Best Relationships on TV — & No, They're Not Romantic Ones
Everybody loves it when two favorite characters start a romantic relationship on a show. But relationships that hinge on platonic love or sometimes even dislike — brothers and sisters, mentors and mentees, older and younger — are just as good IMO. So let’s celebrate those people who go to the mat for one another and never make us wonder, "Will they or won't they?" These are some of the TV relationships we revel in week after week.
The Antagonists: Penny Hofstadter & Sheldon Cooper, The Big Bang Theory
Don't tell Dr. Sheldon Cooper, but the girl who never graduated college is really his best sparring partner. We're talking about Penny, folks — the very Penny who started out the series as bubble-headed as Three’s Company’s Chrissy. She's the only character who has never been in awe of Sheldon’s accomplishments. And while everyone gets their barbs in at Sheldon from time to time, it's Penny’s insistence on loving him despite his low opinion of her that makes her a complex foil.
The Team: Eleven & the boys, Stranger Things
What kind of friends can fight off a demogorgon yet still collectively not realize nobody else is dressing up for Halloween at school this year? The best kind! Will, Mike, Lucas and Dustin may have been friends so long they don’t remember meeting, but Eleven came to this group as a fully (well, almost fully) functioning human. Their willingness to accept her into their ranks and help her — defying parents, school, the town and the lab in the process — cemented them into that special kind of group that’s found in childhood and can last a lifetime.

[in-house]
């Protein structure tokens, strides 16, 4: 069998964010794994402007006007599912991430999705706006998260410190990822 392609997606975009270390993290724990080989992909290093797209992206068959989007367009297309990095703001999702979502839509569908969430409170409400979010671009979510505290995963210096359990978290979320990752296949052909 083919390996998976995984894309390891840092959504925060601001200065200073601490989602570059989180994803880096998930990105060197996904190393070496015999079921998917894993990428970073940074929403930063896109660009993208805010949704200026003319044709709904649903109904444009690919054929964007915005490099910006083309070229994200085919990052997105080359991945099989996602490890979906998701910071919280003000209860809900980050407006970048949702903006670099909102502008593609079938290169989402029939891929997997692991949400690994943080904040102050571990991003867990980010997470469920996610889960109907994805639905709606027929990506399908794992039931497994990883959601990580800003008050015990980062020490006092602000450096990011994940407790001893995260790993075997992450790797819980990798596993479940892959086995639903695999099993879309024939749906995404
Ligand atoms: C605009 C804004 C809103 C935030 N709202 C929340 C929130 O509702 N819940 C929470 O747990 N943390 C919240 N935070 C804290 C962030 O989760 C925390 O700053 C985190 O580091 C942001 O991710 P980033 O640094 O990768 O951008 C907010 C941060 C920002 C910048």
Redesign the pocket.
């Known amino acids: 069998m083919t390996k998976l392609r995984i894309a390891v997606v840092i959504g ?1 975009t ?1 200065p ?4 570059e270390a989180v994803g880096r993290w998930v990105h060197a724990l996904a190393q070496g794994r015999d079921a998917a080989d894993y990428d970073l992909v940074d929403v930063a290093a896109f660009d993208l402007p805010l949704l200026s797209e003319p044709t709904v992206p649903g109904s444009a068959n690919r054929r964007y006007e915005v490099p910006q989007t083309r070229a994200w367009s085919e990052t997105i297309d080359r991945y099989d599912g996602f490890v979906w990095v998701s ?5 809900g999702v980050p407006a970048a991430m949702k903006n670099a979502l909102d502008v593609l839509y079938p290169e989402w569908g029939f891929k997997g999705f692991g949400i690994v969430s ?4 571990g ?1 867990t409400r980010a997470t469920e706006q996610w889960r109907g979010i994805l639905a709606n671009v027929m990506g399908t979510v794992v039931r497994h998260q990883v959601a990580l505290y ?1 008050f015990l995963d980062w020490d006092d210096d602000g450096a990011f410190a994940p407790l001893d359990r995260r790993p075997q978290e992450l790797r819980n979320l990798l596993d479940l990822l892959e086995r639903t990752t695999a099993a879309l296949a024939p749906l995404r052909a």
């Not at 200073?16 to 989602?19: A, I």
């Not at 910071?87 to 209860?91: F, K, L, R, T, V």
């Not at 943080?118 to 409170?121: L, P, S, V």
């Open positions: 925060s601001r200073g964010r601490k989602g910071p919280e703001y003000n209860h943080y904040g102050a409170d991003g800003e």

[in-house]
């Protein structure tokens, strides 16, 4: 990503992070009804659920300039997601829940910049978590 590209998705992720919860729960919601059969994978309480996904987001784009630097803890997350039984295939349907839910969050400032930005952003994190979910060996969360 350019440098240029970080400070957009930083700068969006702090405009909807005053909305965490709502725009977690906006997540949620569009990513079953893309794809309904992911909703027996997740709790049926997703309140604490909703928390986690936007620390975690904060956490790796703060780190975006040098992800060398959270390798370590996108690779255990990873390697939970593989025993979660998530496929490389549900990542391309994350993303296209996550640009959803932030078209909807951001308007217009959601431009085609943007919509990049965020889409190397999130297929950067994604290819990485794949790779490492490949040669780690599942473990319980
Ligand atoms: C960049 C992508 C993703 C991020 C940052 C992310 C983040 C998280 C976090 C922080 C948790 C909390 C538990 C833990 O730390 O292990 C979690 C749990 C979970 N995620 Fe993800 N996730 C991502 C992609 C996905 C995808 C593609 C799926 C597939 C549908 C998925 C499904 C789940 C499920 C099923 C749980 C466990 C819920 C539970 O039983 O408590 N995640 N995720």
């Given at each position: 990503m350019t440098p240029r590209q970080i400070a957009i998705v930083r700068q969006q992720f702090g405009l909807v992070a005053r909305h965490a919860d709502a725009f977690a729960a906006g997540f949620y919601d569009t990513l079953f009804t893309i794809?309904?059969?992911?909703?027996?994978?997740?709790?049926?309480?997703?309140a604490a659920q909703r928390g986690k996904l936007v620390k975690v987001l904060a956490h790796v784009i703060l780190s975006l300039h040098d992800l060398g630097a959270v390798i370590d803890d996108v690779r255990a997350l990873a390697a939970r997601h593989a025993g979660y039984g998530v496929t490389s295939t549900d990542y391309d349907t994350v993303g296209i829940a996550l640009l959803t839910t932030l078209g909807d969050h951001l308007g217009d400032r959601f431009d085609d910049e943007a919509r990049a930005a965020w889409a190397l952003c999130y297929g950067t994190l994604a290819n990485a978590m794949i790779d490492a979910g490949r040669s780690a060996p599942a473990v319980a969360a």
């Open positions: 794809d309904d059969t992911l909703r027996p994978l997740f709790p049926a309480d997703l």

The Coworkers: Meredith Grey & Alex Karev, Grey’s Anatomy
Meredith and Alex are the only two remaining from the original class of Grey’s Anatomy interns, and the bond these two have built is something special. They’re more than friends or colleagues, less than partners or spouses and somewhere in that sweet spot of being — well, of being each other’s person. Alex has made the journey from a self-absorbed playboy to a caring pediatric surgeon despite a near miss with jail. Meredith has climbed ever higher on the career ladder even as her private world caved in. They're the kind of friends who can be searingly honest and love you just the same.
The Brothers: Sam & Dean Winchester, Supernatural
Nothing bonds a family like sticking together through tough times, and the Winchester brothers have seen more than their share. As paranormal hunters, the two have literally seen hell together and still manage to come out cracking wise. Their supportive on-screen relationship also continues off-screen, where their openness and joy with fans has earned them one of the biggest fandoms around.